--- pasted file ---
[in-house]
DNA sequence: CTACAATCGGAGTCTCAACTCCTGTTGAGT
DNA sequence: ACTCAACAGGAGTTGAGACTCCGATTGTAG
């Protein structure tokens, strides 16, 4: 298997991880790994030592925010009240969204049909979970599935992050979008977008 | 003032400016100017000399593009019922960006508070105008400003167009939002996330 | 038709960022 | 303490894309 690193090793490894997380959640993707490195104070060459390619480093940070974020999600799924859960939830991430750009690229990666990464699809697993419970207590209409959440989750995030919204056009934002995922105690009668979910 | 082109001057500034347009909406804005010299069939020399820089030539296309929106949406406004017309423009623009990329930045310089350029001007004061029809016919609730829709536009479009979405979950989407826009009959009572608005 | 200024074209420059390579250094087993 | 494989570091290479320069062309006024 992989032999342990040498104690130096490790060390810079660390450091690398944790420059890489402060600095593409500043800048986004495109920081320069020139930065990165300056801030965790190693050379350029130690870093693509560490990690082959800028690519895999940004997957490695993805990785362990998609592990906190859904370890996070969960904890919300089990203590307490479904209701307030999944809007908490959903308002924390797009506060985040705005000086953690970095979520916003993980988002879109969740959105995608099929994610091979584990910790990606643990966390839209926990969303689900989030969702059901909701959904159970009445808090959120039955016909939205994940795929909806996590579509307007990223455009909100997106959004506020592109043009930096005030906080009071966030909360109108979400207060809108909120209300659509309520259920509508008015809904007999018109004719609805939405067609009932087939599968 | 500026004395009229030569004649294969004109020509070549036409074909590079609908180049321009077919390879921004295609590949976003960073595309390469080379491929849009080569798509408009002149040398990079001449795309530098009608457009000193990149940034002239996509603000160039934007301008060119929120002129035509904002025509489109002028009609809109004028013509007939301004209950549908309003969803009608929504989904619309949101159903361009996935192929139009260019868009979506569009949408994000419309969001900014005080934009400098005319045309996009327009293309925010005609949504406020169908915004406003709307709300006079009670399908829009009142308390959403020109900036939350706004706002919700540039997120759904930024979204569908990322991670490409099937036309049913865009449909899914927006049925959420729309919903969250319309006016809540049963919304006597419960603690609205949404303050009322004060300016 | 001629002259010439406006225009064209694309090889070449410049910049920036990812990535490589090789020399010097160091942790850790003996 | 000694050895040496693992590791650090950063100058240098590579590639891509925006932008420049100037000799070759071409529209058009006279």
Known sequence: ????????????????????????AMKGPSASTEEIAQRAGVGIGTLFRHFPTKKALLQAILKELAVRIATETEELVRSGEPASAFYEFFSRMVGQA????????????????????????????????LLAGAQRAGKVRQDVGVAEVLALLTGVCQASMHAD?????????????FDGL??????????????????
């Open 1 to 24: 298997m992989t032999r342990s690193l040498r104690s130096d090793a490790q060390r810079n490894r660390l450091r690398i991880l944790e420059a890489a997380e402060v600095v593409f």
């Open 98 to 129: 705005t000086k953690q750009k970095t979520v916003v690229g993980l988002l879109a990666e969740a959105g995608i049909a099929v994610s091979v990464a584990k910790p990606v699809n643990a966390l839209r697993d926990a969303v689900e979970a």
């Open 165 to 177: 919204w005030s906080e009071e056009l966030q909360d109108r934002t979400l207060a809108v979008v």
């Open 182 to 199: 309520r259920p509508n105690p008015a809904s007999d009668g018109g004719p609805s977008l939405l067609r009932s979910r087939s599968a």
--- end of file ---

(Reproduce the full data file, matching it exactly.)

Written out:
[in-house]
DNA sequence: CTACAATCGGAGTCTCAACTCCTGTTGAGT
DNA sequence: ACTCAACAGGAGTTGAGACTCCGATTGTAG
């Protein structure tokens, strides 16, 4: 298997991880790994030592925010009240969204049909979970599935992050979008977008 | 003032400016100017000399593009019922960006508070105008400003167009939002996330 | 038709960022 | 303490894309 690193090793490894997380959640993707490195104070060459390619480093940070974020999600799924859960939830991430750009690229990666990464699809697993419970207590209409959440989750995030919204056009934002995922105690009668979910 | 082109001057500034347009909406804005010299069939020399820089030539296309929106949406406004017309423009623009990329930045310089350029001007004061029809016919609730829709536009479009979405979950989407826009009959009572608005 | 200024074209420059390579250094087993 | 494989570091290479320069062309006024 992989032999342990040498104690130096490790060390810079660390450091690398944790420059890489402060600095593409500043800048986004495109920081320069020139930065990165300056801030965790190693050379350029130690870093693509560490990690082959800028690519895999940004997957490695993805990785362990998609592990906190859904370890996070969960904890919300089990203590307490479904209701307030999944809007908490959903308002924390797009506060985040705005000086953690970095979520916003993980988002879109969740959105995608099929994610091979584990910790990606643990966390839209926990969303689900989030969702059901909701959904159970009445808090959120039955016909939205994940795929909806996590579509307007990223455009909100997106959004506020592109043009930096005030906080009071966030909360109108979400207060809108909120209300659509309520259920509508008015809904007999018109004719609805939405067609009932087939599968 | 500026004395009229030569004649294969004109020509070549036409074909590079609908180049321009077919390879921004295609590949976003960073595309390469080379491929849009080569798509408009002149040398990079001449795309530098009608457009000193990149940034002239996509603000160039934007301008060119929120002129035509904002025509489109002028009609809109004028013509007939301004209950549908309003969803009608929504989904619309949101159903361009996935192929139009260019868009979506569009949408994000419309969001900014005080934009400098005319045309996009327009293309925010005609949504406020169908915004406003709307709300006079009670399908829009009142308390959403020109900036939350706004706002919700540039997120759904930024979204569908990322991670490409099937036309049913865009449909899914927006049925959420729309919903969250319309006016809540049963919304006597419960603690609205949404303050009322004060300016 | 001629002259010439406006225009064209694309090889070449410049910049920036990812990535490589090789020399010097160091942790850790003996 | 000694050895040496693992590791650090950063100058240098590579590639891509925006932008420049100037000799070759071409529209058009006279």
Known sequence: ????????????????????????AMKGPSASTEEIAQRAGVGIGTLFRHFPTKKALLQAILKELAVRIATETEELVRSGEPASAFYEFFSRMVGQA????????????????????????????????LLAGAQRAGKVRQDVGVAEVLALLTGVCQASMHAD?????????????FDGL??????????????????
């Open 1 to 24: 298997m992989t032999r342990s690193l040498r104690s130096d090793a490790q060390r810079n490894r660390l450091r690398i991880l944790e420059a890489a997380e402060v600095v593409f």
């Open 98 to 129: 705005t000086k953690q750009k970095t979520v916003v690229g993980l988002l879109a990666e969740a959105g995608i049909a099929v994610s091979v990464a584990k910790p990606v699809n643990a966390l839209r697993d926990a969303v689900e979970a």
């Open 165 to 177: 919204w005030s906080e009071e056009l966030q909360d109108r934002t979400l207060a809108v979008v």
């Open 182 to 199: 309520r259920p509508n105690p008015a809904s007999d009668g018109g004719p609805s977008l939405l067609r009932s979910r087939s599968a």